As Glasgow makes plans to be the first pollution reducing Low Emission Zone in Scotland, what will this mean for visitors to the city?
Put very simply, regulations will be put in place that will mean if you have an old car, you cannot drive it into the centre of Glasgow or you will be fined.
Subject to agreement by the Traffic Commissioner for Scotland, these new regulations would be phased in from December 2018.
By 2022, all vehicles entering the zone, including private cars, will have to be fitted with engines that comply with European standards for petrol and diesel or be fined. Automatic numberplate recognition will ensure all cars are checked for compliance.
To comply with European standards a petrol car must have a Euro 4 engine (introduced in January 2005) and a diesel car must have a Euro 6 engine (introduced in September 2014).
For many driving older cars this could result in a surprise fine after a day out in Glasgow.
The Glasgow Connectivity Commission has recommended that Glasgow needs to focus more on pedestrians, cyclists and an integrated public transport system to keep pace with other leading European cities
Whilst an admirable effort to improve air quality in the city, it does beg the question, what about the weather.
This year Scotland issued its first ever red weather warning. Temperatures dropped well below zero and the Scottish Government advised people not to travel. In general winters in Scotland are much colder than those in London, where the other major Low Emission Zone is proposed.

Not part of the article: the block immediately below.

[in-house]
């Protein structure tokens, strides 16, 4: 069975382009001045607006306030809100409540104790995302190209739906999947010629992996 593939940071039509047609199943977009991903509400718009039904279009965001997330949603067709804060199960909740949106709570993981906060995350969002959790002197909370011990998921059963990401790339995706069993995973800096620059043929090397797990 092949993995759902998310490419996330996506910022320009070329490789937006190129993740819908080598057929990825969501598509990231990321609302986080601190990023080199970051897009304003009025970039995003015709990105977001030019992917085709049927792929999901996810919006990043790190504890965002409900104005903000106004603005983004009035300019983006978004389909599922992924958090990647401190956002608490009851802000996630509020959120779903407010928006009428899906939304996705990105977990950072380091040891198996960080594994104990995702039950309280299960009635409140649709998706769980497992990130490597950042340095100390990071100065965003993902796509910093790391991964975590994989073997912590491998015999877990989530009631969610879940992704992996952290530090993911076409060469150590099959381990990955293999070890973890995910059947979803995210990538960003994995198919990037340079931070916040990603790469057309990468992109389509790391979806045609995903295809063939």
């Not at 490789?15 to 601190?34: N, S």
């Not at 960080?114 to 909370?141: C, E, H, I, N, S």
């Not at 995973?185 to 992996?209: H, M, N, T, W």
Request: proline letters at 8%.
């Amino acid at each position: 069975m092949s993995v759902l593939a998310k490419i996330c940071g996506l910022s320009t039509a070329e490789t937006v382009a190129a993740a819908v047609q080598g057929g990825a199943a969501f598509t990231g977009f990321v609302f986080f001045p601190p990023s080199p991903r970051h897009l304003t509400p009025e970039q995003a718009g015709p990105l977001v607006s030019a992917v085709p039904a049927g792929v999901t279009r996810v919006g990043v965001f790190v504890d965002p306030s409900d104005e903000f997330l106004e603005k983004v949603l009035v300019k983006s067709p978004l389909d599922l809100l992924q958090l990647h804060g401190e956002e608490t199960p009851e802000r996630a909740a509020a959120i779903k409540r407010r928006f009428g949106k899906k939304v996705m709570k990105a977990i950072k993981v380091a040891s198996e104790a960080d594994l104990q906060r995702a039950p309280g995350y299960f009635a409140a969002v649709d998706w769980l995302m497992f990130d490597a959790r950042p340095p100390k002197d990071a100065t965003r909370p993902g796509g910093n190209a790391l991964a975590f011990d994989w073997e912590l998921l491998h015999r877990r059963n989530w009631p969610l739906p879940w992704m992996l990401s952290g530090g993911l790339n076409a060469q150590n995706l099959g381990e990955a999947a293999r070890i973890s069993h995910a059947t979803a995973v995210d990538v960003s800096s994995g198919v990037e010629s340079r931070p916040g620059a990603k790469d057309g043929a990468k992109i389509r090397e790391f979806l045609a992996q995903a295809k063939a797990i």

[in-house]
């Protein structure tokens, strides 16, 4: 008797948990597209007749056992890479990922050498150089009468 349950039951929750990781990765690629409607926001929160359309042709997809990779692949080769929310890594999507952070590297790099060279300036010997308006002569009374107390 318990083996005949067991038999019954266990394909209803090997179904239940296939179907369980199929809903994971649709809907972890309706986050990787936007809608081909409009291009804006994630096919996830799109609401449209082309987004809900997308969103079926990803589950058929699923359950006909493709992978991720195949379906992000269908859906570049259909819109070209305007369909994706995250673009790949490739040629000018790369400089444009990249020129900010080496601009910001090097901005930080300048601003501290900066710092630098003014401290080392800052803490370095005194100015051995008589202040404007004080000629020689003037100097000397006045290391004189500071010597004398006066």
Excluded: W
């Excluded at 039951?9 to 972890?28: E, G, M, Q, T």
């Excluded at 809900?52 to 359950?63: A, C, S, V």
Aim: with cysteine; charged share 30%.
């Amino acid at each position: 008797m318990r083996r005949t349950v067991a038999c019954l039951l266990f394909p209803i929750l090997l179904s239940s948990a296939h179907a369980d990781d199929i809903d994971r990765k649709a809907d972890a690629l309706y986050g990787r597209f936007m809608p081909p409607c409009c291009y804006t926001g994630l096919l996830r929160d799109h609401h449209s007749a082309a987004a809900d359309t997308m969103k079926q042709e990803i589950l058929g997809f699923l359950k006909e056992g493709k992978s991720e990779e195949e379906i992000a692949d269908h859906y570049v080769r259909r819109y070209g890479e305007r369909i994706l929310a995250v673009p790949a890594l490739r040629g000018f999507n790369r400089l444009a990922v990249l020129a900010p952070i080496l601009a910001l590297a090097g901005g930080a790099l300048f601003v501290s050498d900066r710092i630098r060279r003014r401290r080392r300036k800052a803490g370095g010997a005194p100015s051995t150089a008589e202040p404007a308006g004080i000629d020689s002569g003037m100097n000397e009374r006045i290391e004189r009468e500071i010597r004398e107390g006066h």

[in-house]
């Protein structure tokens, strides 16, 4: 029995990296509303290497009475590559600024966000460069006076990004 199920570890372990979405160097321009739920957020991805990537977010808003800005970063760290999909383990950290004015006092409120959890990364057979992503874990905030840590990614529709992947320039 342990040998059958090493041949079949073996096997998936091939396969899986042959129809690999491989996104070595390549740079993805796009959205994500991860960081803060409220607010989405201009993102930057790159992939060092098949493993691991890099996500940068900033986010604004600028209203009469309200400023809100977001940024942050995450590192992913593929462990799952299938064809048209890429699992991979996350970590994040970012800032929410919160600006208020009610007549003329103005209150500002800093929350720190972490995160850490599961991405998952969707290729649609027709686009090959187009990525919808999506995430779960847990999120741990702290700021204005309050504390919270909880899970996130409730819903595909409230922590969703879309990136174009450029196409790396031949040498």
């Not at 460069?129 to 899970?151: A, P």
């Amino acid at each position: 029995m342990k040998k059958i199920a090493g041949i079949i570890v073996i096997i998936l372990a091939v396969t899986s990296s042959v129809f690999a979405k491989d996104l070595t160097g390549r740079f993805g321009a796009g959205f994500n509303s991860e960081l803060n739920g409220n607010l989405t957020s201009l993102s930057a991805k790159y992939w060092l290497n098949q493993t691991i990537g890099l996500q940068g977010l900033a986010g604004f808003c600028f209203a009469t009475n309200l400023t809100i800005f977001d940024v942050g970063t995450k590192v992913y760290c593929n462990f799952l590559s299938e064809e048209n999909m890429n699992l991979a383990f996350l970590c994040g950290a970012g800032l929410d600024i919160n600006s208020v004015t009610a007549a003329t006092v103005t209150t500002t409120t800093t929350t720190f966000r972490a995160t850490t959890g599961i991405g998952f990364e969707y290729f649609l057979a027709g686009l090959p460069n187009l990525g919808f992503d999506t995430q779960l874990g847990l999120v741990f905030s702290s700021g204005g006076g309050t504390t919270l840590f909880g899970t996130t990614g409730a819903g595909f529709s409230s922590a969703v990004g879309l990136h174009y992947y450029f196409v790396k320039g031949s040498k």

Will there be a public transport system that doesn’t have people out in freezing temperatures waiting for a bus or train? How many pedestrians or cyclists does the Commission expect to see out and about in a Scottish winter?
Many people travel to Glasgow from outwith the city on a daily basis for work or to shop. Glasgow City Council needs to put alternatives in place before the deadlines to allow businesses in the city to survive.
Hopefully Glasgow will be able to make all the mistakes and rectify them before other cities decide to jump on the bandwagon. I for one don’t fancy waiting on a bus in the freezing rain just to be able to go shopping. There is a real danger this Low Emission Zone could result in even less people visiting our city centres.